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From: Vol.09 N.01 – A Poetics of Rights

sea fossils

by Cass Lynch
 the sea fossils are singin again      up in the hills where the roads being cut
      spongy tongues           exposed to light by dieseled steel         go ssssshhhhh     sssssshhhhh         while shovel mouth shears off 50 million years     from shoulder of 
 sloping scarp      

    flung rocks of marine sand            rise in a wave of dust                         in the past            this place was sea           the high hills the coast     sea memory just beneath the  
  surface                     the high tide of the Cretaceous             uncorked      to rise and  
        haunt the present      

some sea tongues are shorn at angles by excavator         teeth         they sing a song 
 garbled by time and steel     when the quendas were lobster   
                the banksia anemone             and the kangaroos were rays                 

the earthmover’s song is loud and strong               burning bodies roar in its  
  cylinders          hissing pistons scream and shriek            metal fists bashin on the          skull of Country          rhythmic rumbles drowning out the drowned

        my own tongue is cut        snipped from my mouth        but i sing along             
  the little sea creatures that became stone          are laughing at me        cut tongues spraying sand                         all of us chokin on the words     

      we’re all singin up in the hills         where the toothed present consumes both              past and future              tell me the one about the starfish          who            with a good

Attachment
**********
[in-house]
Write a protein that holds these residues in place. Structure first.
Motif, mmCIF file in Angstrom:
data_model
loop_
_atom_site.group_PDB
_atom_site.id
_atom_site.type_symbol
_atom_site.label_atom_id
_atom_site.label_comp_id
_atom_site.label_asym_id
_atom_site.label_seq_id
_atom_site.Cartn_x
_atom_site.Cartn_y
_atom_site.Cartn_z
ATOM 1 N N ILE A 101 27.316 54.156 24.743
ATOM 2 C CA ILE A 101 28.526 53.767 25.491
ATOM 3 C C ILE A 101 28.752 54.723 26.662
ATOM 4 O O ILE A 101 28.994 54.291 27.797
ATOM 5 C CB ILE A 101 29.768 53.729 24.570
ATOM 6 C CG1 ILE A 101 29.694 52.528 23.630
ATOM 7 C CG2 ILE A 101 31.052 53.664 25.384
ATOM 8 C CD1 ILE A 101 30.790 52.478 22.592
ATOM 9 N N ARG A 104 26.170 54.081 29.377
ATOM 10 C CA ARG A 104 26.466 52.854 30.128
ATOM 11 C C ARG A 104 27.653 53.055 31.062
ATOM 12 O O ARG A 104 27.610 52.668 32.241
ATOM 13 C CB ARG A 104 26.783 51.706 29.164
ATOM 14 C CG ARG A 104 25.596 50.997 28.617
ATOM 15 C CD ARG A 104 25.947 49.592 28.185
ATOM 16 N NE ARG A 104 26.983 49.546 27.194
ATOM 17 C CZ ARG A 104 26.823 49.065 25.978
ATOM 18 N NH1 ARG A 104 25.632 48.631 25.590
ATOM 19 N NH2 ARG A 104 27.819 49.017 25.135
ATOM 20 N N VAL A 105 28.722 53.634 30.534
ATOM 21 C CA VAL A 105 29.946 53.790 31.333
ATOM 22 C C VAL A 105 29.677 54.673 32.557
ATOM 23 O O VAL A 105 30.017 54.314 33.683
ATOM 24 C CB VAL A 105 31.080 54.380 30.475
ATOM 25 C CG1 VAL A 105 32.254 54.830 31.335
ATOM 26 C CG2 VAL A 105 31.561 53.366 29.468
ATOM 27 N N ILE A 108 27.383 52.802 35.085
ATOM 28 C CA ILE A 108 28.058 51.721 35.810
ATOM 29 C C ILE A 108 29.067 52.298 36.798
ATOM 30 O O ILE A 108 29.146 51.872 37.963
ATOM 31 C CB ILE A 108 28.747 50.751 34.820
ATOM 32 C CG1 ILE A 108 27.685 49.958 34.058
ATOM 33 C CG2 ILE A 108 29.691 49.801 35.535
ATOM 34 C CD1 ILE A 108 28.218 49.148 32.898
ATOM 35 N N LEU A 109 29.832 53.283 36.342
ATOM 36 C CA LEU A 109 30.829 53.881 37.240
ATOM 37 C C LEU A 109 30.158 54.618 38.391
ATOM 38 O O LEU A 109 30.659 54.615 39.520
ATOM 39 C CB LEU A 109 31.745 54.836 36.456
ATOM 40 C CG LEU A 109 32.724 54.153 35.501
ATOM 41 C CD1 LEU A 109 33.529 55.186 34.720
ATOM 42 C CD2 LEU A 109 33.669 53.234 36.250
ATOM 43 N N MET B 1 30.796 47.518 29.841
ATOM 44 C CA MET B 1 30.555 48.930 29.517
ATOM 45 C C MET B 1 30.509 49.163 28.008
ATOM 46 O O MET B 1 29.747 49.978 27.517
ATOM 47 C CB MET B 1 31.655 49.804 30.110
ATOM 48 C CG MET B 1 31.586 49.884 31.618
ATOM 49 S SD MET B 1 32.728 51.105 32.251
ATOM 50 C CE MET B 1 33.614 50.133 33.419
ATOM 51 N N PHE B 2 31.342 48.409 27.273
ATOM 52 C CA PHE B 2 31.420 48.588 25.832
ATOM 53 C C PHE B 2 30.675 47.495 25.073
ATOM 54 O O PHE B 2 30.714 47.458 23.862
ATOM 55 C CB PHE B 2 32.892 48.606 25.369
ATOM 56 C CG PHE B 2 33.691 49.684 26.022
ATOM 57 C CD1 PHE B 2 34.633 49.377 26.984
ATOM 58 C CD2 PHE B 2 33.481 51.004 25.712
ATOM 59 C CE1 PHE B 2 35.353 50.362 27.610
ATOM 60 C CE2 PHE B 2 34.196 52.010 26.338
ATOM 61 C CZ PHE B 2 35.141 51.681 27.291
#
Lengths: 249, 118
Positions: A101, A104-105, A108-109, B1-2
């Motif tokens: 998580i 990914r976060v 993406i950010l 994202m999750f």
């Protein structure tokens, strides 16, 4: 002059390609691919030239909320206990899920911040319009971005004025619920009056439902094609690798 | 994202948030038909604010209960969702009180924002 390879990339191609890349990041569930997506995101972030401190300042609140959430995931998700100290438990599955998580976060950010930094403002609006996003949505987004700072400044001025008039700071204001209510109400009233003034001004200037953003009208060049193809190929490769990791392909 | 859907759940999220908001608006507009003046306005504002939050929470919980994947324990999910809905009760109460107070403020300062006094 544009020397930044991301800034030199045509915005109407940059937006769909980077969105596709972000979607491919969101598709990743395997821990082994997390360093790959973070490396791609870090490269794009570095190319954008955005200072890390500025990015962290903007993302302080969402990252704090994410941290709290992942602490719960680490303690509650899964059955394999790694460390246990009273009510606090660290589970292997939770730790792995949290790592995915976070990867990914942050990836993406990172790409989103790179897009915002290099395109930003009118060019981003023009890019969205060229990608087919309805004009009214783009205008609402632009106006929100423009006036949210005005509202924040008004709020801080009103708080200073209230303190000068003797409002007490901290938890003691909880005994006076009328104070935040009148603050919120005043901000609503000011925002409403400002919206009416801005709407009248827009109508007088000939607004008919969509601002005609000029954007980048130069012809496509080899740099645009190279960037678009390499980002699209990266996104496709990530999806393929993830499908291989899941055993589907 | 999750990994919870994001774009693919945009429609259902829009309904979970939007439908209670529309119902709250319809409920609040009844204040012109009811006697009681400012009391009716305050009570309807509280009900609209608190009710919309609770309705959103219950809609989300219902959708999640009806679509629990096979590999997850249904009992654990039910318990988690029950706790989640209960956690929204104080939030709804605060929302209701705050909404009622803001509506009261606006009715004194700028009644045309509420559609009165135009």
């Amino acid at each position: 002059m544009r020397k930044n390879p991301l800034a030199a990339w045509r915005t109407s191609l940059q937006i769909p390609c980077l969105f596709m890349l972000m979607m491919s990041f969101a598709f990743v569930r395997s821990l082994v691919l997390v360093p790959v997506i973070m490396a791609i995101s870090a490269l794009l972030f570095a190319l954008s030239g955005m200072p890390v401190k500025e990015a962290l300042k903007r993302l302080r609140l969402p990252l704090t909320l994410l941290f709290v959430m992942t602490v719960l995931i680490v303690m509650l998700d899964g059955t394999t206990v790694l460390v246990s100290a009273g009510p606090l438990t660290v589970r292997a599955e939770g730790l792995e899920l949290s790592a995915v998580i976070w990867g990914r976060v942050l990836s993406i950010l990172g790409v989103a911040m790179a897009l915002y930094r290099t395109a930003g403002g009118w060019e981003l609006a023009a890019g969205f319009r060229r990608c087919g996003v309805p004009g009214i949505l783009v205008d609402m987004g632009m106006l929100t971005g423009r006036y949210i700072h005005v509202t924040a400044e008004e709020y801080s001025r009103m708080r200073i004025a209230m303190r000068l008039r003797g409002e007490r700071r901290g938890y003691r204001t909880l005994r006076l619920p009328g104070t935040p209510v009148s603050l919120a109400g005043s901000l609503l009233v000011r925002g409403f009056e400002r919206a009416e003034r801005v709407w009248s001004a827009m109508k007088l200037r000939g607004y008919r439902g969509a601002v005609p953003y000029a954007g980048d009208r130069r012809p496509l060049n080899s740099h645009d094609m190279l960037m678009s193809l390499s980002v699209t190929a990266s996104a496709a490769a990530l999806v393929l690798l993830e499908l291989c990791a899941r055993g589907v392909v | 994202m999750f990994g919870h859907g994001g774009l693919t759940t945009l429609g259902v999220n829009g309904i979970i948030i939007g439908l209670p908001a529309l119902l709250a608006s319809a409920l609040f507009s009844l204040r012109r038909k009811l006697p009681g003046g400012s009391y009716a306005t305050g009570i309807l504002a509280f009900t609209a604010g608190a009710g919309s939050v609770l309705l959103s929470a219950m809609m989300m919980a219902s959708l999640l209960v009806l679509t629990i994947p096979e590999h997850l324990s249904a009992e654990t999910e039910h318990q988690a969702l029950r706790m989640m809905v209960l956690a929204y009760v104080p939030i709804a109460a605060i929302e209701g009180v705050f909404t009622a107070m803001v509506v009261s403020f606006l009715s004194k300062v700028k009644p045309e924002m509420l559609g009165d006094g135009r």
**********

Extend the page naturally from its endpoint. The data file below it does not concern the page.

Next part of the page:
soaking of saltwater 		             grew back a severed limb                                 
Published: August 2022
Cass Lynch

is a writer and researcher living in Boorloo/Perth. She has a PhD in Creative Writing that explores Noongar stories that reference the last ice age and the rise in sea level that followed it. Her Noongar language haikus, published in Westerly 64.1, won the 2019 Patricia Hackett Prize. Her short story ‘Split’, a creative impression of deep time Perth, can be found in the UQP publication Flock: First Nations Stories Then and Now. She is a descendant of the Noongar people and belongs to the beaches on the south coast of Western Australia.

An Australian and international
journal of ecopoetry and ecopoetics.

Plumwood Mountain Journal is created on the unceded lands of the Gadigal and Wangal people of the Eora Nation. We pay our respects to all Aboriginal and Torres Strait Islander people, and to elders past, present and future. We also acknowledge all traditional custodians of the lands this journal reaches.